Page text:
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Album Review: Mumex Trio “Folds Of Time”

From the initial glistening bars of its title track forward, there is at once as much volatility as there is a complex measure of melodicism in Folds of Time, the debut from collaborative jazz trio Mumex Trio. Rather than coupling cold grooves with a removed harmony from the piano keys and a firm double bass cradle, Mumex Trio wants to get messy with the time signature and even crazier with their melodic experimentation.

The same can be said for the other three songs included in Folds of Time, and although there’s a sense of wild optimism beneath the floorboards of every beat in this performance, there’s also a reserved sensibility that speaks to the self-control these players are able to exhibit with total seamlessness. Louis Siciliano is a careful composer in this record, but he’s also a showman when it comes to the depth of his output in the studio, joining forces with the likes of Roberto Bellatalla and Mauro Salvatore for what could be one of the best collaborative sessions between those committed to jazz, classical, and world music to arrive on our speakers in the past year.

A comparatively short interlude between the opening cut of “Traveling with Wayne” and the title track in the form of “La Roue De La Fortune” blesses us with some of the more vibrant piano melodies you’re going to hear in Folds of Time, but their wandering groove is essentially an extension from what we start the record off with some thirteen minutes prior.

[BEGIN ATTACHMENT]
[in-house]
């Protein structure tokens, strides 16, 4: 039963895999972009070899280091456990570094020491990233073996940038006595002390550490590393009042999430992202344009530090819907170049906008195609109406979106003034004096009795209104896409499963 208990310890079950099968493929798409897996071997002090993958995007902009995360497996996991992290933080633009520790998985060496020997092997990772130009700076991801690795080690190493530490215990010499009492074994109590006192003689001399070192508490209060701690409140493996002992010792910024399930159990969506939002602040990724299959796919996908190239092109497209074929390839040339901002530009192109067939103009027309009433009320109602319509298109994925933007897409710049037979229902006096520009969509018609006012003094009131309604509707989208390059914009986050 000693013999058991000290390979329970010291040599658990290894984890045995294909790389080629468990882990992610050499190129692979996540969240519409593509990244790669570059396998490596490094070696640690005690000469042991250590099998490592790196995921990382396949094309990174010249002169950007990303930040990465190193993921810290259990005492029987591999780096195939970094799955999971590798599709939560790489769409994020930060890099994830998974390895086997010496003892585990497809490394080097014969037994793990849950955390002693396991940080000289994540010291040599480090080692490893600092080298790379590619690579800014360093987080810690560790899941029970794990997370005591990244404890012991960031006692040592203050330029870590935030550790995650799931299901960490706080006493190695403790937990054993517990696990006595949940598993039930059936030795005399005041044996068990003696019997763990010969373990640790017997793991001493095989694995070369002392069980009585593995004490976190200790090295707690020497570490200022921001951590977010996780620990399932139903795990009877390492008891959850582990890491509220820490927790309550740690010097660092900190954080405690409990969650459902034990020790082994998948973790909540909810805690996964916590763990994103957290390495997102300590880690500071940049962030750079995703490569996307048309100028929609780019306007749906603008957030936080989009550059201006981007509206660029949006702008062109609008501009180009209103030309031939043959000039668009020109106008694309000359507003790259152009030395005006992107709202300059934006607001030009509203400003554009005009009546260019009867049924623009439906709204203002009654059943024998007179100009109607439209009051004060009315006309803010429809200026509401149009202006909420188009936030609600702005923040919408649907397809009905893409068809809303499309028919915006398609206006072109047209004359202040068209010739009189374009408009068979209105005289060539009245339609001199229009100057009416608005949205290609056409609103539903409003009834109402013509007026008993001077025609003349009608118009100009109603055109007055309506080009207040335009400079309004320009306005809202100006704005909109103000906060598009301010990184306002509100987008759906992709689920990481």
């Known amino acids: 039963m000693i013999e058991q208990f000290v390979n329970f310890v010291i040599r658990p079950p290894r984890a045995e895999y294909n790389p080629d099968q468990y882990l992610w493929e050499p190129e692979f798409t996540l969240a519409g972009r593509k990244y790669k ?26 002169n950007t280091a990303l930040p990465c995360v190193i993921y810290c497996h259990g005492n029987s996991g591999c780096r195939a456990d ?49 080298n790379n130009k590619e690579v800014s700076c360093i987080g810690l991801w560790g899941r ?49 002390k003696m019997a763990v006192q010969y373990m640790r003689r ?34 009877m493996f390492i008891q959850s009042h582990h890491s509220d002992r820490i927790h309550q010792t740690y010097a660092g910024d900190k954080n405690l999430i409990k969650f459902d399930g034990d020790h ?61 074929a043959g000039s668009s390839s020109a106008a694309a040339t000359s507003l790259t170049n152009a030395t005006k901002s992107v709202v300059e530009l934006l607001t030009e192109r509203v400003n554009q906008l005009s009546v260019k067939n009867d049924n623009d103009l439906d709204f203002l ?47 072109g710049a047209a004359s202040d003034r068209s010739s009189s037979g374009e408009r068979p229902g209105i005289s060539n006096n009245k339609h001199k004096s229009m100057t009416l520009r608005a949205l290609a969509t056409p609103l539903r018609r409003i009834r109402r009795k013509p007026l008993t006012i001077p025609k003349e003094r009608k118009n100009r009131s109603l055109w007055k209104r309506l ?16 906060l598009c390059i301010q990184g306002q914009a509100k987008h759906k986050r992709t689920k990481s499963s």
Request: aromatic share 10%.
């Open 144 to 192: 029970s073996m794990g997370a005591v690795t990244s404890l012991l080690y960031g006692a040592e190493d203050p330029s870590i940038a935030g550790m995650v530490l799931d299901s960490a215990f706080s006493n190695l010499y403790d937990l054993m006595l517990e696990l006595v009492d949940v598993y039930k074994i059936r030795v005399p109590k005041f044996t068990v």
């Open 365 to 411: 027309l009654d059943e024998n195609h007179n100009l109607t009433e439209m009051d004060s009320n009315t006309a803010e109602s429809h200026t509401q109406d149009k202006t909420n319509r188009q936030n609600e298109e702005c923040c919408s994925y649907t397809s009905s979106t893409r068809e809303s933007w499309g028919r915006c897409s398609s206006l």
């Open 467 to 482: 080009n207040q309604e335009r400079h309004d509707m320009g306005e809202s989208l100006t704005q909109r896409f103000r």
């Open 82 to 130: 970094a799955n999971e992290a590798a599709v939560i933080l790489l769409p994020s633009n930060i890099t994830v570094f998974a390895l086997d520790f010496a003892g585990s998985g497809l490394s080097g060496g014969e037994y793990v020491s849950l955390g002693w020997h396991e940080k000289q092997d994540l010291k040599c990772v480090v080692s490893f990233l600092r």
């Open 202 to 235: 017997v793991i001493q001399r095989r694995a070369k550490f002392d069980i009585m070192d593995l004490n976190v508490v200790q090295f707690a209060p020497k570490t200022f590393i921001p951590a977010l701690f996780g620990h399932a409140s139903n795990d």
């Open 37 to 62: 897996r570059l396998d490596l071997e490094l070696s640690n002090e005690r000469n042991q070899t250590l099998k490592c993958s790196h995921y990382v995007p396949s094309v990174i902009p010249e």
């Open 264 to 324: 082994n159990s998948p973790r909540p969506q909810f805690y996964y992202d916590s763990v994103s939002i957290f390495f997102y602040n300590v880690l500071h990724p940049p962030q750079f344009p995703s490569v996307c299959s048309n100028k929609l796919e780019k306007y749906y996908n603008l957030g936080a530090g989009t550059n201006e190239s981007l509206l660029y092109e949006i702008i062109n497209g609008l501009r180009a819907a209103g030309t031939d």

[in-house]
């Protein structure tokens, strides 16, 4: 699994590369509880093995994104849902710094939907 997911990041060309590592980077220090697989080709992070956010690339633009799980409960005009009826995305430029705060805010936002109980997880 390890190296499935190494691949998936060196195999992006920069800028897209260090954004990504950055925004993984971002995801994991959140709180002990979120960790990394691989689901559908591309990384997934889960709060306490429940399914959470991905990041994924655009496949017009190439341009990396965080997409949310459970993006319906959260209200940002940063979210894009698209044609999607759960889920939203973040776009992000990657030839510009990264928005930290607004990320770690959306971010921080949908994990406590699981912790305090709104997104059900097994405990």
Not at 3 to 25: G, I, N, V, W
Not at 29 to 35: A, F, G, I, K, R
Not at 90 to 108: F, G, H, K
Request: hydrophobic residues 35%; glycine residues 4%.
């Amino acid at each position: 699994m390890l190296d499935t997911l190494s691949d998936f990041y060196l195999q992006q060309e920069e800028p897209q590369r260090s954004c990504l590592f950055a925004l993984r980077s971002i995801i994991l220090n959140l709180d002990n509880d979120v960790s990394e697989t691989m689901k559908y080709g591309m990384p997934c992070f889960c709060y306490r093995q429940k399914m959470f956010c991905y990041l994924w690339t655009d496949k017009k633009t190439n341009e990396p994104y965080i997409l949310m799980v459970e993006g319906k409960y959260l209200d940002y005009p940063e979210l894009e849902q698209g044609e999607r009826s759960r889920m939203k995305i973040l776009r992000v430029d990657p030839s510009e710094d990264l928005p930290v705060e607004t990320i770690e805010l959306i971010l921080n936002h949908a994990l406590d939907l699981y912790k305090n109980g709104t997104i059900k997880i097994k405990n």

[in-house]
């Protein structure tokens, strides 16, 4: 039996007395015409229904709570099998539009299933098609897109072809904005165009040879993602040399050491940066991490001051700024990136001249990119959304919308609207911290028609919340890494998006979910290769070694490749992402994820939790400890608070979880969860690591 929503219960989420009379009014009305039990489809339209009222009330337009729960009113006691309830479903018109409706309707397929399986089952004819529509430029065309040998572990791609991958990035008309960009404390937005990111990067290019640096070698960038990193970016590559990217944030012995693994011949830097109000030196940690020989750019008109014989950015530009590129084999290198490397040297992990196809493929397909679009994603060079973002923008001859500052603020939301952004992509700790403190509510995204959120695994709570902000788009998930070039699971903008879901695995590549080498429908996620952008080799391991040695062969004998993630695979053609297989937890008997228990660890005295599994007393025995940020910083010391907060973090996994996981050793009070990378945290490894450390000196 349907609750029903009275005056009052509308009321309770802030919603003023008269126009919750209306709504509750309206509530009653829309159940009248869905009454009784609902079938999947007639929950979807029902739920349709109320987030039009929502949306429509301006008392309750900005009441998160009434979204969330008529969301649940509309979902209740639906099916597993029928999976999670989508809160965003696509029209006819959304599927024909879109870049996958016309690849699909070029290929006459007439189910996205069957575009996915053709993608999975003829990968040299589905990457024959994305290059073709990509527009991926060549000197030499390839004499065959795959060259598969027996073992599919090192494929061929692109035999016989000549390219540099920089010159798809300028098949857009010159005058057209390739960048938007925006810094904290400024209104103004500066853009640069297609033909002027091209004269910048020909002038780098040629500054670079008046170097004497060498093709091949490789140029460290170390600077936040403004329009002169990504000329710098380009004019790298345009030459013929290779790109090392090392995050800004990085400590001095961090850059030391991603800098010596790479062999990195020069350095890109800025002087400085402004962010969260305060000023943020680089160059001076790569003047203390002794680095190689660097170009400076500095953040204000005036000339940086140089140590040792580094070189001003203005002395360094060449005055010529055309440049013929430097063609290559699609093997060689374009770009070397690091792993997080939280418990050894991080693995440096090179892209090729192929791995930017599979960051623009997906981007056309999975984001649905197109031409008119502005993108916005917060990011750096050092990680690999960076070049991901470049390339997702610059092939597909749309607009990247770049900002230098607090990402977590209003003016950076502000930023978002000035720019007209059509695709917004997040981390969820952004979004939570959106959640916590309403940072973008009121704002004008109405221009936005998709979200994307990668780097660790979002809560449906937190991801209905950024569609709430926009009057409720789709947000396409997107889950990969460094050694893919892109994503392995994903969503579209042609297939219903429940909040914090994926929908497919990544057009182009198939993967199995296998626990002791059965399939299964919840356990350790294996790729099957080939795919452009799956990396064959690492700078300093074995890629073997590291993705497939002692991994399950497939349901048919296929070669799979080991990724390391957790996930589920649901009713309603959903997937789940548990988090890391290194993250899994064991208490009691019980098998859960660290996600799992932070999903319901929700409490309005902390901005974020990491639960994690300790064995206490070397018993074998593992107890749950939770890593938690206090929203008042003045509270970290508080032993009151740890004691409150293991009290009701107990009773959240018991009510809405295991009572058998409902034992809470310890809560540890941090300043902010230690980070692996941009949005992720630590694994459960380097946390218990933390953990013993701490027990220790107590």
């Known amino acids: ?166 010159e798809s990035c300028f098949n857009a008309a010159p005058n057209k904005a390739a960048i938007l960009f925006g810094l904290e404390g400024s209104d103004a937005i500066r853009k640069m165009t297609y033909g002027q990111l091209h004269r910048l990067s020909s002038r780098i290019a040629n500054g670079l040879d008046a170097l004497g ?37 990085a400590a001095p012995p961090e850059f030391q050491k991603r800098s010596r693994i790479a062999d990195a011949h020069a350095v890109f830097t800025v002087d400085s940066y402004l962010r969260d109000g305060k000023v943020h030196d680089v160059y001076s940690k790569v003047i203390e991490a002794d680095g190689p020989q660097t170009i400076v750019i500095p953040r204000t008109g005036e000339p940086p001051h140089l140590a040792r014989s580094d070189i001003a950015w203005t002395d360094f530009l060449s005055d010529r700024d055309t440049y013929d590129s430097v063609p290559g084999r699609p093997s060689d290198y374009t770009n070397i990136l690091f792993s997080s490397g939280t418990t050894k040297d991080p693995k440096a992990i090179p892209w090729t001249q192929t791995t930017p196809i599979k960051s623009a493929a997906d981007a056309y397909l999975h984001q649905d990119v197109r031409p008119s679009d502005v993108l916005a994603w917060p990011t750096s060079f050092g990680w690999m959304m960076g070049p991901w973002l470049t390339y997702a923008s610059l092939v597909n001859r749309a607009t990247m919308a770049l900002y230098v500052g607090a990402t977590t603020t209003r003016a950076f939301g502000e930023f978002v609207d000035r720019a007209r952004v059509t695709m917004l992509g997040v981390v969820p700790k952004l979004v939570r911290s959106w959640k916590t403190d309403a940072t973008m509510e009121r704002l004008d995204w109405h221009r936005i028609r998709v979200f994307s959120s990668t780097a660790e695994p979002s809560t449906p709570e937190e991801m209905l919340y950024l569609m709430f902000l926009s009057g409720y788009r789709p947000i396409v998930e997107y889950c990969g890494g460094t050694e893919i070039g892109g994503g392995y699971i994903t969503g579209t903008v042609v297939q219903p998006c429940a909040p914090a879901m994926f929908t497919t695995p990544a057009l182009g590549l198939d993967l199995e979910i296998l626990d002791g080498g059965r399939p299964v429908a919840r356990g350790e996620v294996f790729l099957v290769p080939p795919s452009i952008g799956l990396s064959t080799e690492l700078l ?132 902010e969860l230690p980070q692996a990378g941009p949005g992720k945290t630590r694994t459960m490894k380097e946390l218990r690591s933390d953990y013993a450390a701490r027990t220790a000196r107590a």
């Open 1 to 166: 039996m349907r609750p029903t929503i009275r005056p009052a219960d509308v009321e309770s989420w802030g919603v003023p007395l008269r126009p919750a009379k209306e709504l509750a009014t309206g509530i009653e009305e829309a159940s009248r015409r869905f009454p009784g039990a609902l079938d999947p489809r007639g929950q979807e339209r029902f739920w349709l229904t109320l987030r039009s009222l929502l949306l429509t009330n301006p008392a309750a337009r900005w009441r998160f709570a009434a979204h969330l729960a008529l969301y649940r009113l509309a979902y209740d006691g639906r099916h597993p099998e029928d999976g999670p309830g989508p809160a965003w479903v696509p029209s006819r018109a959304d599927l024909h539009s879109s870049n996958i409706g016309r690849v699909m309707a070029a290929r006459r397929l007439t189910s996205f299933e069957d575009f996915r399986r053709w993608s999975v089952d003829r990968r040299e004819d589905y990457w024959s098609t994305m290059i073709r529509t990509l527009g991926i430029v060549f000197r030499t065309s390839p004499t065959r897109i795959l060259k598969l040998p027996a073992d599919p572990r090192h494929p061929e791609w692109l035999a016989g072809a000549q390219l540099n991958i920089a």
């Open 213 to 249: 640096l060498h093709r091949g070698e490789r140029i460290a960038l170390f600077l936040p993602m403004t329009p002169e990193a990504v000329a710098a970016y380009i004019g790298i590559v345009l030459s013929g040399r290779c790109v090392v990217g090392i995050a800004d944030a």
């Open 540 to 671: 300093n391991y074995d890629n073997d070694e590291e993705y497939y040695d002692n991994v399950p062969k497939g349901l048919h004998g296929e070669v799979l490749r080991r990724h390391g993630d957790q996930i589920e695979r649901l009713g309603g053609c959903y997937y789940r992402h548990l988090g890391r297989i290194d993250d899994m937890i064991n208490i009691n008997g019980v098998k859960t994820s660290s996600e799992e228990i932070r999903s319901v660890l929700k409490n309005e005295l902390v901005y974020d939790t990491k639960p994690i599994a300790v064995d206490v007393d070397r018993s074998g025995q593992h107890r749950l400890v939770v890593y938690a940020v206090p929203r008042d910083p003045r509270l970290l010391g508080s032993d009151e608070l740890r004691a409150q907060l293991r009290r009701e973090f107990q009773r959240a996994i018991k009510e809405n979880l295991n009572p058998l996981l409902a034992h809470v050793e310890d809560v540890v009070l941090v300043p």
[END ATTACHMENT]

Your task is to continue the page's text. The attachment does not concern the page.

What makes “Traveling with Wayne” such a formidable force to be reckoned with here has little to do with how long the song actually runs and almost everything to do with the aesthetical experiment it prepares seemingly on the fly. We’re moving so fast and yet so deliberately with the action of all three musicians, and whether guided by percussion or not, it always feels like we’re heading in a forward motion. These are players who play for the sake of appreciating the medium, and they preserve the integrity of the craft exceedingly well on every occasion they’re offered in this album.

While I’m inclined to call “The Legend of Mansa” and the title track equally romantic in tone, largely thanks to their vivid appropriation of oversized basslines, they each present a different viewpoint on what feels like the same theme of wanderlust. If this isn’t the perfect adventurer’s companion, I really don’t know what is – Folds of Time has both the essence of a traveling soundtrack and the charismatic notion of pushing its audience to interpret every shattered beat as a loud, enticing porter’s call. Mumex Trio masterfully proves that collaborations definitely don’t have to be about ego in this tracklist, and whether you’re a serious jazz fan or just occasionally like to get into a more intellectually stimulating brand of music, what they’re presenting to the audience in Folds of Time is too culturally provocative to be left on the shelf through the duration of February.

Loren Sperry

 

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